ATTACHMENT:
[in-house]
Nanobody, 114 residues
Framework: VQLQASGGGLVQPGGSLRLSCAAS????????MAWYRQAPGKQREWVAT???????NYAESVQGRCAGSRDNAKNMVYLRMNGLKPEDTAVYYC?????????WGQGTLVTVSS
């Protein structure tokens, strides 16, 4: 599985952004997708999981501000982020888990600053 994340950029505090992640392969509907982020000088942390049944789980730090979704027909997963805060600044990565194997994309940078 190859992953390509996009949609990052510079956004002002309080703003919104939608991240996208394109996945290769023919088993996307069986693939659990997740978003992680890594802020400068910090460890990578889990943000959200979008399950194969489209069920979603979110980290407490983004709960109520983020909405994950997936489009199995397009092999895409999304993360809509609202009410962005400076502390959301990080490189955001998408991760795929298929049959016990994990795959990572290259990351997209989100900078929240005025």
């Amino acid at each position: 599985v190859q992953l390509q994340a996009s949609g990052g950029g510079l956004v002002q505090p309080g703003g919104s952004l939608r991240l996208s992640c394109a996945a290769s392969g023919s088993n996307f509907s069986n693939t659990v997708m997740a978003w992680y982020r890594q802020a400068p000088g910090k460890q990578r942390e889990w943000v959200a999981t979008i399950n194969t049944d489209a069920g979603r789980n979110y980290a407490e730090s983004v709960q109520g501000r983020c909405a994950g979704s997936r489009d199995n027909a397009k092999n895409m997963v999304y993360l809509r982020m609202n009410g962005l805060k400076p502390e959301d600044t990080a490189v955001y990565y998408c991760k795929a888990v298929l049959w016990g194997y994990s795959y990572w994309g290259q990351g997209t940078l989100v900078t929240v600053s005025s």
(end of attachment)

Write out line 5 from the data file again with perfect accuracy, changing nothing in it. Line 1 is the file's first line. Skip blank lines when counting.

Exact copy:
């Amino acid at each position: 599985v190859q992953l390509q994340a996009s949609g990052g950029g510079l956004v002002q505090p309080g703003g919104s952004l939608r991240l996208s992640c394109a996945a290769s392969g023919s088993n996307f509907s069986n693939t659990v997708m997740a978003w992680y982020r890594q802020a400068p000088g910090k460890q990578r942390e889990w943000v959200a999981t979008i399950n194969t049944d489209a069920g979603r789980n979110y980290a407490e730090s983004v709960q109520g501000r983020c909405a994950g979704s997936r489009d199995n027909a397009k092999n895409m997963v999304y993360l809509r982020m609202n009410g962005l805060k400076p502390e959301d600044t990080a490189v955001y990565y998408c991760k795929a888990v298929l049959w016990g194997y994990s795959y990572w994309g290259q990351g997209t940078l989100v900078t929240v600053s005025s």